Worldwatch Institute reports that windpower capacity worldwide increased by 27,051 megawatts in 2008, bringing total installed capacity over 120,000 megawatts. The United States showed the greatest growth, adding 8,358 megawatts to make a current total of 25,170 megawatts. That’s a 50% increase in one year!
The contribution that the U.S. windpower makes to overall domestic supplies is still relatively modest: optimistically, about 66 million megawatt hours per year (at 30% capacity), compared to more than 4 billion megawatt hours generated from all sources in 2007. But it certainly reflects the kind of trend you would like to see. If domestic capacity continues to grow for awhile at a rate of 50% per year, the wind contribution will start looking very healthy very quickly.
Is that a pipe dream? There is no reason to think so, yet. As Worldwatch points out, much of growth in 2008 occurred in the midst of uncertainty about the availability of production tax credits. Thanks to the Stimulus Bill, those credits are not only locked in for several years, but proponents of short-term projects get to choose between production tax credits, investment tax credits, and equivalent grants. The Chicago Tribune reports that there are 300,000 megawatts of wind projects in the current development pipeline.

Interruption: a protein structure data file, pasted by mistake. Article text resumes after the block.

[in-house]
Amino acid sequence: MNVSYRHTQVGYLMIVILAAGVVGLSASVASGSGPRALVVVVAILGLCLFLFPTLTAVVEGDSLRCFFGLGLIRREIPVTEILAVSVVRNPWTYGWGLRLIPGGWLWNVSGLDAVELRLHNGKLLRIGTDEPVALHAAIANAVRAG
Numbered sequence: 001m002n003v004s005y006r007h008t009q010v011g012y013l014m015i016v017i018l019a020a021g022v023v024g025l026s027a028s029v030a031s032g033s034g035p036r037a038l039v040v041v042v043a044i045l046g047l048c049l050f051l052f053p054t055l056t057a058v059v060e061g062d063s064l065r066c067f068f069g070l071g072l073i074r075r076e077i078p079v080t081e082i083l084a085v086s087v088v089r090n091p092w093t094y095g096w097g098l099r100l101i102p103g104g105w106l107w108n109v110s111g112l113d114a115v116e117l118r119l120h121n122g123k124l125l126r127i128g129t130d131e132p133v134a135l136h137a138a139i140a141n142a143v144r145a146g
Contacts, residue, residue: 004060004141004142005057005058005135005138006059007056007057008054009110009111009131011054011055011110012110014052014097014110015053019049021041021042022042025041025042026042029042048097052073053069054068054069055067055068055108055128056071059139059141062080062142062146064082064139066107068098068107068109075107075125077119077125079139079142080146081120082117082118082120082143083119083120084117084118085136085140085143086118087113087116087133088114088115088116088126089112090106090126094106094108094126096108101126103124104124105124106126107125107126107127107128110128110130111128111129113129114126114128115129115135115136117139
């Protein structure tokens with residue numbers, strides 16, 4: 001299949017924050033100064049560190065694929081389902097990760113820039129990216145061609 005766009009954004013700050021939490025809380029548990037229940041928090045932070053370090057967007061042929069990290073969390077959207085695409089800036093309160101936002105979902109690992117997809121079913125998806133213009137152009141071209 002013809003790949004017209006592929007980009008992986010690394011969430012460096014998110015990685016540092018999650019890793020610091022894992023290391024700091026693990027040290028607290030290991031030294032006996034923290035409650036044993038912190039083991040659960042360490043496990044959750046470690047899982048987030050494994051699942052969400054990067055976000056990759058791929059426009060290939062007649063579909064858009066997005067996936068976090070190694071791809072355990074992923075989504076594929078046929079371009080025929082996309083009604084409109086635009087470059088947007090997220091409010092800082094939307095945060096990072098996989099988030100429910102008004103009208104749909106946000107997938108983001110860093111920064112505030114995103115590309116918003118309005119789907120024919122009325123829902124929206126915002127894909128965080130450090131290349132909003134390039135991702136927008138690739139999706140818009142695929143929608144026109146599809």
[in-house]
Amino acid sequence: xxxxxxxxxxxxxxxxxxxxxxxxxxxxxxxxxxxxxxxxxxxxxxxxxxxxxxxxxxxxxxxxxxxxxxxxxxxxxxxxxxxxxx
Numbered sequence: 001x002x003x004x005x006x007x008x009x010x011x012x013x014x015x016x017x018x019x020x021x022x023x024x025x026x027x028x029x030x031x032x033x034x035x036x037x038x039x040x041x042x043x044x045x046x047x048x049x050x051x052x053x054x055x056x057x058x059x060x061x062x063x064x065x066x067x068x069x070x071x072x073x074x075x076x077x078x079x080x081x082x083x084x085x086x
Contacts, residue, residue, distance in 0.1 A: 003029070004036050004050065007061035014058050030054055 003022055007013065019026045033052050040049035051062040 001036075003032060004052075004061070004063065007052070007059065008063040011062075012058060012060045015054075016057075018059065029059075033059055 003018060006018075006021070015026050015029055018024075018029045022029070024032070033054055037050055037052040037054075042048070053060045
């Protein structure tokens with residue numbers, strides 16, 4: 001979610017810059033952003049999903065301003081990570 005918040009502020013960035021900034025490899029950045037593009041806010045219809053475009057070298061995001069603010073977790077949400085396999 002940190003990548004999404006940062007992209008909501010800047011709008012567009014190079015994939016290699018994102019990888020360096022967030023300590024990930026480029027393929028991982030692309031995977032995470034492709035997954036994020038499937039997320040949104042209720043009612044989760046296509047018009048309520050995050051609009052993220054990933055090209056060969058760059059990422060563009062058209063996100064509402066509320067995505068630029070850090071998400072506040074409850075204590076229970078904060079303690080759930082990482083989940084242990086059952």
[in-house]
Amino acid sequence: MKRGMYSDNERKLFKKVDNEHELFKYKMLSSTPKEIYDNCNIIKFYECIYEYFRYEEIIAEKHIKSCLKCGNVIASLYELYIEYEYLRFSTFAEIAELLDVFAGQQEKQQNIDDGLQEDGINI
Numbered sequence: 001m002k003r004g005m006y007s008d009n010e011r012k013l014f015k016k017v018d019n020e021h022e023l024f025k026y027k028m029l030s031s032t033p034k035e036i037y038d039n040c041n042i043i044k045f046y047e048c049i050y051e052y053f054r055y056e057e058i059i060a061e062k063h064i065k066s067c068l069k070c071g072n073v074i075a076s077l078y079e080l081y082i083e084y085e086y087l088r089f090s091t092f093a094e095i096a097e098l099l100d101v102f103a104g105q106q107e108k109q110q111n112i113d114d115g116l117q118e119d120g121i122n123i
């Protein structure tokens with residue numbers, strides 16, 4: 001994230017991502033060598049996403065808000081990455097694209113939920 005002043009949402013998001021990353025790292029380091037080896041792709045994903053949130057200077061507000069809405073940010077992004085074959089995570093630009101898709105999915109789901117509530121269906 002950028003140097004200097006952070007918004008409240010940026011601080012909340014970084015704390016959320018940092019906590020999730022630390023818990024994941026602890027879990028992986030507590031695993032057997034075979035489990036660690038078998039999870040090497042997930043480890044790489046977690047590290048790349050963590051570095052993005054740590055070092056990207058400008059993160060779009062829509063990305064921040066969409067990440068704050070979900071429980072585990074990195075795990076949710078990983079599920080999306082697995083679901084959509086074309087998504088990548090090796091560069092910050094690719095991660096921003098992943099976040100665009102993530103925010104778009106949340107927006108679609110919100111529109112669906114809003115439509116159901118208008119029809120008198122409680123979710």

It is hard to overstate the role that renewable portfolio standards have had in accelerating wind deployment. Currently, these requirements (to include a certain level of renewable energy in the power mix) are part of the law in about half of the states. Target dates are coming up quickly in several states, which might explain the rapid increase in wind deployment. Where could we be if there was a strong national renewable energy standard?
The author of the same Chicago Tribune article argues that wind is developing fast enough as it is, thank you, and that a federal renewable energy standard would “succeed only in strengthening the power and fattening the pocketbooks of the windmill builders that want the mandate.” The logic, here, is hard to follow. Perhaps a coal state paper would prefer that other pocketbooks fatten up.
The real questions to consider are, how much intermittent power such as wind can the grid sustain and still remain reliable, and can we develop power storage systems capable of making that concern a moot point?